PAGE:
Caging a dog

Discussion in 'The Howard Stern Show' started by Barton Fink, Oct 2, 2015.

  1. Barton Fink

    Barton Fink Well-Known Member

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    I got good advice here on my last dog thread, so i'm going back to the well.


    Howard related because animoes....


    What is the deal with caging? Is it only for training? I always thought it was just for the first few weeks, but everything I am reading says keep the dog in the cage overnight forever.

    My wife is wanting that to be a condition of getting the dog, but it sound crazy to me.

    Any thoughts?
     
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  2. Barton Fink

    Barton Fink Well-Known Member

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    LaserT likes this.
  3. LaserT

    LaserT You have to have fun. Gold

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    Tweet Beth. She's a "top U.S. animal expert" according to her bio. ;)


    In all honesty, I just caged my dogs when they were younger when I left home and to train them. I never cage them at night anymore.
     
  4. Pothead

    Pothead Well-Known Member

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    I'd never do it, but apparently once they're 'kennel-trained," it's not a big deal.
     
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  5. chapped

    chapped Well-Known Member

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    i adopted my German Shepherd when she was 6 months old

    i am not a cage kind of guy but she clearly had been trained and loves her ME time

    i don't have a cage set up for her .. so she will go into my guest bathroom and close the door at night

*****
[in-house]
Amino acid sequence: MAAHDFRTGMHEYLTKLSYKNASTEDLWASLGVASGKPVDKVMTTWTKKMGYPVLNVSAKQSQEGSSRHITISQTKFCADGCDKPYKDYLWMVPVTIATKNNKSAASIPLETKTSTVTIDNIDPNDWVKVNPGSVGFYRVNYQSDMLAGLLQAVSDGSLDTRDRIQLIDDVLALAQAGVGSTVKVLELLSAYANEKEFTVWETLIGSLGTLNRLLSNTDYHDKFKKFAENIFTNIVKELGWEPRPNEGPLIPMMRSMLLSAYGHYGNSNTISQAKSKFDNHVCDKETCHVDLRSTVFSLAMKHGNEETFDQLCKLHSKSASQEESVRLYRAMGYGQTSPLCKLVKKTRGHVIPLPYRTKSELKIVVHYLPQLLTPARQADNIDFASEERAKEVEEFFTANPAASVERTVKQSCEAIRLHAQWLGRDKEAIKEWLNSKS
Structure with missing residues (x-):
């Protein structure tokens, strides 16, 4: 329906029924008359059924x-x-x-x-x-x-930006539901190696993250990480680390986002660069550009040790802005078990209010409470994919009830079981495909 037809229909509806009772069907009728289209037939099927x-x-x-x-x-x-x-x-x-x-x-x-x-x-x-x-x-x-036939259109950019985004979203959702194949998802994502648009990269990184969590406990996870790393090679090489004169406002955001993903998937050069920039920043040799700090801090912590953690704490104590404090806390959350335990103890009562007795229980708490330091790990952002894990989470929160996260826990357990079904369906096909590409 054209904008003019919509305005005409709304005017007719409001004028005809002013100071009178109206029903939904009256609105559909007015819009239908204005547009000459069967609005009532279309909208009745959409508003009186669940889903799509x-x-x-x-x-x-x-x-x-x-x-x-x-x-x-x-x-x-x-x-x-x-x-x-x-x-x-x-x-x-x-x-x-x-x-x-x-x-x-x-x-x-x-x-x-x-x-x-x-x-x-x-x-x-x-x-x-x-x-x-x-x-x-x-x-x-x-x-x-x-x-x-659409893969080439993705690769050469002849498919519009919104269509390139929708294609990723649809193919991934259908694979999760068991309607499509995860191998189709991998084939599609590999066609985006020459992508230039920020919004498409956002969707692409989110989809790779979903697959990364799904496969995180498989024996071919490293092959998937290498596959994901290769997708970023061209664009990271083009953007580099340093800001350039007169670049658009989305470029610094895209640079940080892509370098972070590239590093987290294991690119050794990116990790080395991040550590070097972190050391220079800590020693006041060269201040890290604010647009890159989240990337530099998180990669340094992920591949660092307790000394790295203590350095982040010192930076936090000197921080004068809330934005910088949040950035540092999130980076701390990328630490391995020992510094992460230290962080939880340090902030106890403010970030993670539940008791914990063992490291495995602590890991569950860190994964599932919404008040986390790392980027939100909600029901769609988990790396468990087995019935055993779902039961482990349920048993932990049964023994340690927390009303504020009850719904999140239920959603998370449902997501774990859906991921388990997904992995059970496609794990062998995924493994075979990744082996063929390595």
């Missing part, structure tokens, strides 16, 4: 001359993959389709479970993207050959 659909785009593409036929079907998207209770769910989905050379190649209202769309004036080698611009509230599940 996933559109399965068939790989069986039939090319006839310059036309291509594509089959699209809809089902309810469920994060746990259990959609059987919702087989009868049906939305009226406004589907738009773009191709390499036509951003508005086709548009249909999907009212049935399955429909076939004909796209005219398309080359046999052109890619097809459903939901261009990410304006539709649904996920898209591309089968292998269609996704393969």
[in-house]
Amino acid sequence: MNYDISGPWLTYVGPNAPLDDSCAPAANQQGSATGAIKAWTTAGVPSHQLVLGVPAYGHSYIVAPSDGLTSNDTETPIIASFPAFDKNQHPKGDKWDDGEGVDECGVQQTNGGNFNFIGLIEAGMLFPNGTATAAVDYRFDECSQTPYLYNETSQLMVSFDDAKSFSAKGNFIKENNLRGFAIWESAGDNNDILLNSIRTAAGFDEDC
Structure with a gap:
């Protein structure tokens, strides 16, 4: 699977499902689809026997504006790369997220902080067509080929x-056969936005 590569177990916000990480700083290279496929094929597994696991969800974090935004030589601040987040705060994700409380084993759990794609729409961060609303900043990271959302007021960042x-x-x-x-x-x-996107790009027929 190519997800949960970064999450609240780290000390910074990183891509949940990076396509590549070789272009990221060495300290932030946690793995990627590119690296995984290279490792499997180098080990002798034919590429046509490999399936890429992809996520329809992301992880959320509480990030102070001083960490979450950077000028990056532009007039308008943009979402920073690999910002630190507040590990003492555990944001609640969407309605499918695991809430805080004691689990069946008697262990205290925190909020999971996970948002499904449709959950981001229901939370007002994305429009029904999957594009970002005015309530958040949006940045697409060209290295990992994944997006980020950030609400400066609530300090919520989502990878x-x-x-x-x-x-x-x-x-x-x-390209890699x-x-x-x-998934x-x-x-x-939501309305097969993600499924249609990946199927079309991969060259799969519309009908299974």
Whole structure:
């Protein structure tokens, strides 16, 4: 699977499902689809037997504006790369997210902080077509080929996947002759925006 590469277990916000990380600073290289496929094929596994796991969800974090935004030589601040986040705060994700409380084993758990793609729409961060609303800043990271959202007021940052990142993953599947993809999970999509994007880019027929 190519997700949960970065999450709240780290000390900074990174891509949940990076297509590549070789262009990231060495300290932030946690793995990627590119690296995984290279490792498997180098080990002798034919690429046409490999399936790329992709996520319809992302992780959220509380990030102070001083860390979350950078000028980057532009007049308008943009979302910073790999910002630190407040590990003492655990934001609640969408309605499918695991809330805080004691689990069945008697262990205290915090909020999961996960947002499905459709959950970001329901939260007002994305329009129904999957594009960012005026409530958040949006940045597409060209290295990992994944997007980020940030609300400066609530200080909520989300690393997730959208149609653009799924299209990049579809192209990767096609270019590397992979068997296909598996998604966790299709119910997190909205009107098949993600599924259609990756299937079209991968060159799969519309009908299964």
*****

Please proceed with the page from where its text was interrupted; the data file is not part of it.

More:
of coarse i have to let her out in the mourning but yea
     
    Last edited: Oct 2, 2015
  6. Rescued Owl

    Rescued Owl VIP Extreme Gold

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    They are supposed to like the feeling of having a confined, safe place to sleep.
    I have a golden retriever and when she was a puppy we kept the crate closed at night. Once we knew she could make it through the night without going to the bathroom we just left the door open. She always went in there on her own when we went to bed. Didn't take too long for her to outgrow the crate but she still sleeps in kind of tight spaces.
     
  7. kingofallmessicans

    kingofallmessicans Sandy Cunt

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    I have an English Bulldog and I did crate-training for the first few weeks. The crate then became the kitchen area enclosed by a baby-gate. Bulldogs are loud fucking sleepers dude. You and the wife will probably want him sleeping in another room. Bulldogs are fucking hilarious, stubborn as fuck, and pretty dumb, even by dog-standards. They are also real-life bullies. When I take my fatty to the dog park, he'll steal a toy from a smaller dog, then drop it in front of that dog, daring him to challenge him and pick it up.

    If it's a reputable owner, meet the parents and judge their dispositions. Bulldogs aren't cheap. There are a lot of bulldog rescue places actually, because people think they're such cute puppies, but aren't prepared for the stubbornness. As long as you've done your homework, everything should be okay.
     
  8. tv910

    tv910 Well-Known Member

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    Supposedly they like the enclosed area to sleep in and it makes them feel safe but it seems to depend on the dog. Mine has a crate but he only goes into it maybe 3 or 4 times a year. When I worked at a kennel there were very few dogs who would go into a crate voluntarily, except for one especially nervous and fearful dog who clearly preferred it.
     
  9. SouthernListen

    SouthernListen I don't follow the crowd. Sorry about that. VIP

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    They usually call it crating, or crate training. I thought it was crazy when I met my wife and her dog was in a big crate, but doing some research the dogs tend to be fine with it. Her dog would go into the crate on his own for naps during the day.